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How To Make Worksheets For Your Classroom (Or TeacherPayTeachers)

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I’ve had numerous people ask me recently to teach them how to make worksheets for their classroom and products for TeachersPayTeachers. Being a visual learner myself, I decided to lay it out step-by-step in the hopes of making it as simple as possible!

Yes, there is a LOT of information included, but I tried to make it as simple as possible. There will be variations if you have a different version of PowerPoint, but it shouldn’t be too hard to modify the steps. If you have any more questions, feel free to ask them below!

Step 1: Open PowerPoint and click “layout.” Select the blank layout.

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When I started creating, I used Microsoft Word. I can’t even tell you how overjoyed I was the day I learned to use PowerPoint instead! It is SO much easier to move things around where you want them!

Step 2: Select “Slide Size” (usually in the Design tab) and set a custom size to your page size.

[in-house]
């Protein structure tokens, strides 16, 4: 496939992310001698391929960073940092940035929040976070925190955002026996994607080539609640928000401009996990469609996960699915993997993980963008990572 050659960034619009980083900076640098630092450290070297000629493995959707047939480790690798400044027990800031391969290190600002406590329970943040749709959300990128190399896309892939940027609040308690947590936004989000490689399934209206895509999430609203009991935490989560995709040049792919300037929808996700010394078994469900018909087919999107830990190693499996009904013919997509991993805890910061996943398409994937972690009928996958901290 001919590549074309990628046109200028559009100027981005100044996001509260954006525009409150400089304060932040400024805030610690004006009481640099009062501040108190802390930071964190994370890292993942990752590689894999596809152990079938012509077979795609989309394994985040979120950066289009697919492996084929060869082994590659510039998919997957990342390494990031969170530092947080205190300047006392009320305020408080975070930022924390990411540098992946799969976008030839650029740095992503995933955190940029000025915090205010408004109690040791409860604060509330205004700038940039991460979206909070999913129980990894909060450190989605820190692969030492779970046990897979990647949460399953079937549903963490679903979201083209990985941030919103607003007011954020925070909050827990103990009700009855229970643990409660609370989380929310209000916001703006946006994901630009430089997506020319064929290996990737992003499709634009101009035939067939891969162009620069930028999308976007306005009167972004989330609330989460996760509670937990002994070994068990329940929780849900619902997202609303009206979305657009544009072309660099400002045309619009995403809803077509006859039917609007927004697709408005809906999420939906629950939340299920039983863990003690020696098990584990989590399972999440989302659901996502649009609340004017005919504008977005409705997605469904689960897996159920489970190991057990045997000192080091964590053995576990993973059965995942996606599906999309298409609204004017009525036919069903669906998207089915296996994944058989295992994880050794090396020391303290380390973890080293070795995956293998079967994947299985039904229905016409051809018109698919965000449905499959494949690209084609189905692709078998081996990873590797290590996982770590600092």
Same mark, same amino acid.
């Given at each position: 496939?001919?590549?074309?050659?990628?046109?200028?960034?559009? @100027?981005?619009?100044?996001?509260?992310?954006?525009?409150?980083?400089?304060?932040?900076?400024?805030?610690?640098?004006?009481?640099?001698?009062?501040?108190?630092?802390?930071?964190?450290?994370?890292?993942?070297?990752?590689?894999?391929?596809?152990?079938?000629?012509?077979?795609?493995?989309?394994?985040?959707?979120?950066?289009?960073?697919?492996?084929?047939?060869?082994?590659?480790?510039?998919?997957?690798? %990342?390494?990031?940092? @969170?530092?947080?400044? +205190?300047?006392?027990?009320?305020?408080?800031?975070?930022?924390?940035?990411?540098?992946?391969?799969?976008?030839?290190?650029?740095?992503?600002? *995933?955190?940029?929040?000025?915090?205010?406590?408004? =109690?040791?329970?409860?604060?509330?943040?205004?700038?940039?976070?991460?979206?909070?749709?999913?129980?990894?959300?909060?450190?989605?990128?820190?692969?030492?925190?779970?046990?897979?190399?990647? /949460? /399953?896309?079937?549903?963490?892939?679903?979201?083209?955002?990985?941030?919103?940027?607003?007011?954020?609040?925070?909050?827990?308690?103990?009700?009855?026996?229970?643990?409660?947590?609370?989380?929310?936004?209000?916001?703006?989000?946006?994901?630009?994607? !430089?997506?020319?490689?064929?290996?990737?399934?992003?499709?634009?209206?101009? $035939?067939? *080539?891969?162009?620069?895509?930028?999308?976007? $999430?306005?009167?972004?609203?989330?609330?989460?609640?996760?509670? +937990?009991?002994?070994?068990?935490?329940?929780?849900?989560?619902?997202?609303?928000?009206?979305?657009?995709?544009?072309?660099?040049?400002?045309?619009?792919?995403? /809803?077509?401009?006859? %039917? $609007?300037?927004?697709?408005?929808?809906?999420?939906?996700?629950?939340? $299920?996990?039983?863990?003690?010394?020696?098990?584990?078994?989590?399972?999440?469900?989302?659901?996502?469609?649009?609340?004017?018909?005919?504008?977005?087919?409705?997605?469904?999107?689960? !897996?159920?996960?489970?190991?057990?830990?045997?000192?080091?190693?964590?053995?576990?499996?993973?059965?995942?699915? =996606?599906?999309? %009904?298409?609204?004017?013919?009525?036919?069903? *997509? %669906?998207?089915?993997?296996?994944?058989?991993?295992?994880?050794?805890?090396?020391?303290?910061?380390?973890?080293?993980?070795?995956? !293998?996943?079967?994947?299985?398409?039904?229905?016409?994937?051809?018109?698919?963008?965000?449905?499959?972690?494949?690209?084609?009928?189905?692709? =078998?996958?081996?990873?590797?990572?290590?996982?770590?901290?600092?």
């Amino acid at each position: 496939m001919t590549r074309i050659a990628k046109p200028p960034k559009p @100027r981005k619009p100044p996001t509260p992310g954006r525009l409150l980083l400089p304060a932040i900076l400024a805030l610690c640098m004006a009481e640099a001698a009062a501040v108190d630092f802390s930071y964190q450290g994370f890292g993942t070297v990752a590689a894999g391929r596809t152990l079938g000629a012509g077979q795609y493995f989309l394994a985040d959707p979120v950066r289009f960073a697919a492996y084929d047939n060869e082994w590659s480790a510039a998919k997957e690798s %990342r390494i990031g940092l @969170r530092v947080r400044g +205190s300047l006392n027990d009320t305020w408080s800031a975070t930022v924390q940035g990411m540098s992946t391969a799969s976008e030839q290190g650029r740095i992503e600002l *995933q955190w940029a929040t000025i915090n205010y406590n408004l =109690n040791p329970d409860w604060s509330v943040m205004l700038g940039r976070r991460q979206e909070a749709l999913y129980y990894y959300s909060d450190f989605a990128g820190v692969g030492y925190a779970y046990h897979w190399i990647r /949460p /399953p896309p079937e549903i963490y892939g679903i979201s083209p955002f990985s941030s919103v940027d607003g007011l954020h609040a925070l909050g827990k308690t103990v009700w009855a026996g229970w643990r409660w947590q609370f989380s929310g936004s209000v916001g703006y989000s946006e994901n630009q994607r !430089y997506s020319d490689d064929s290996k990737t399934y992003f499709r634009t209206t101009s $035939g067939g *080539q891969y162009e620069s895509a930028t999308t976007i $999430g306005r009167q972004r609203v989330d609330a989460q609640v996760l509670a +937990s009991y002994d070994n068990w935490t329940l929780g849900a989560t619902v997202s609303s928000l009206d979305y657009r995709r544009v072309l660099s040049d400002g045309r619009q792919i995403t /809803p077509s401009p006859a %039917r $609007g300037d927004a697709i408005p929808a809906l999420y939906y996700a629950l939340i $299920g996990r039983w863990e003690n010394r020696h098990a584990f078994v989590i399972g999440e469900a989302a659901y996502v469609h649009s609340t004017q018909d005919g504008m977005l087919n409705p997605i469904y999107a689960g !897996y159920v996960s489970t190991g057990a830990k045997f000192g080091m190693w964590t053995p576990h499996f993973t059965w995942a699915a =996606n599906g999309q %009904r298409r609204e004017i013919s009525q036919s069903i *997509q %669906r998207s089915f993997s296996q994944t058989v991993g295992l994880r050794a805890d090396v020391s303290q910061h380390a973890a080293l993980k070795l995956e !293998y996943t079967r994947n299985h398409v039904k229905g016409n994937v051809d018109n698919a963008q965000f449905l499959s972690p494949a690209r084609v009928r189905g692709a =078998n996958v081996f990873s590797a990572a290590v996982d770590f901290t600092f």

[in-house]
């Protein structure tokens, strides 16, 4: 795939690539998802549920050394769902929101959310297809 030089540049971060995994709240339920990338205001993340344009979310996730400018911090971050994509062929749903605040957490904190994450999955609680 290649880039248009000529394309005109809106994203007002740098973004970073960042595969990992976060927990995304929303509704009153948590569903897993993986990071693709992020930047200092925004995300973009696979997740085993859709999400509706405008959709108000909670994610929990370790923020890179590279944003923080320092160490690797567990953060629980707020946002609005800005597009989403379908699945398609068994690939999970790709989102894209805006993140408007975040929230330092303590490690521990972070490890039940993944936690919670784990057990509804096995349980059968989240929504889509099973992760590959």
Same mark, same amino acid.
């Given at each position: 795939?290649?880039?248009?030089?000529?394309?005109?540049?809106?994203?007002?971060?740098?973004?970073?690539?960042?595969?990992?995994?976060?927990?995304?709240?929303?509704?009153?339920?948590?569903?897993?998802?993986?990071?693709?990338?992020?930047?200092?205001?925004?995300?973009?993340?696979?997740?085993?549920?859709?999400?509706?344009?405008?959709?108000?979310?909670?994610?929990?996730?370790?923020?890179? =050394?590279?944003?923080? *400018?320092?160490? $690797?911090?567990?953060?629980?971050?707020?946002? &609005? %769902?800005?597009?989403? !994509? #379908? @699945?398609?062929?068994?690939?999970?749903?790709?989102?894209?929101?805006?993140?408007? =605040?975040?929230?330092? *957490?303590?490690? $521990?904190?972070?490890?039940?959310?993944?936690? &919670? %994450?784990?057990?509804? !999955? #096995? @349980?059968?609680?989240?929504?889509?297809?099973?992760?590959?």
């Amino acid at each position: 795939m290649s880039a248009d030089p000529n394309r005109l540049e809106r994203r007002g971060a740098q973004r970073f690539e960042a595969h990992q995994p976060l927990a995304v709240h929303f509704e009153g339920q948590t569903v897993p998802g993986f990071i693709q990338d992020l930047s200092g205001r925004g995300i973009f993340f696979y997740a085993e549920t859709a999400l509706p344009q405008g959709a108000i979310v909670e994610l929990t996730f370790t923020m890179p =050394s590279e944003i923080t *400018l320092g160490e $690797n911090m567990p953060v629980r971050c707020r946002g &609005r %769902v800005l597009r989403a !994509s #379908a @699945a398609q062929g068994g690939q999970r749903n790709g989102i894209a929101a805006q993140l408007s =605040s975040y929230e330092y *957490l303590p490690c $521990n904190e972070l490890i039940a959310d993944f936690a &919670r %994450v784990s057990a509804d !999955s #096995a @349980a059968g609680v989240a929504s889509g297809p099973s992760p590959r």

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You can definitely set it to 8.5 x 11 or 11 x 8.5. My school’s printer doesn’t like to print all the way to the edge of the page, so I always set my size to 10.75 x 8.25 or 8.25 x 10.75.

Step 3: Add borders.

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You can find all sorts of cute borders on TpT and insert them following the clip art step below. I personally like to make my own borders by inserting a shape.

I use the rectangle to make my outline. In the Format tab (this only appears if you click on the shape), I choose the white center and black border and then click on “Shape Outline” and “Weight” to make it thicker.

I didn’t even think to add this as a picture, but you can easily make your border centered on the page too! Just go to that Format tab and click where it says “Align.” Click “Align Center” and “Align Middle” and it will be perfect!

Step 4: Insert text boxes wherever you need them.

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You can do this with the Insert tab, but if you look at the Home tab, there is a box with all the shapes and a text box. It will also keep frequently used shaped here.

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You can find all sorts of fonts on TpT! Remember: some of these are free for personal use in your classroom, but if you want to sell your work, you’ll have to buy font licenses from each seller (if the font was free).

Some of my favorite font sellers are: A Perfect Blend, Kimberly Geswein Fonts, Cara Carroll, and  Babbling Abby.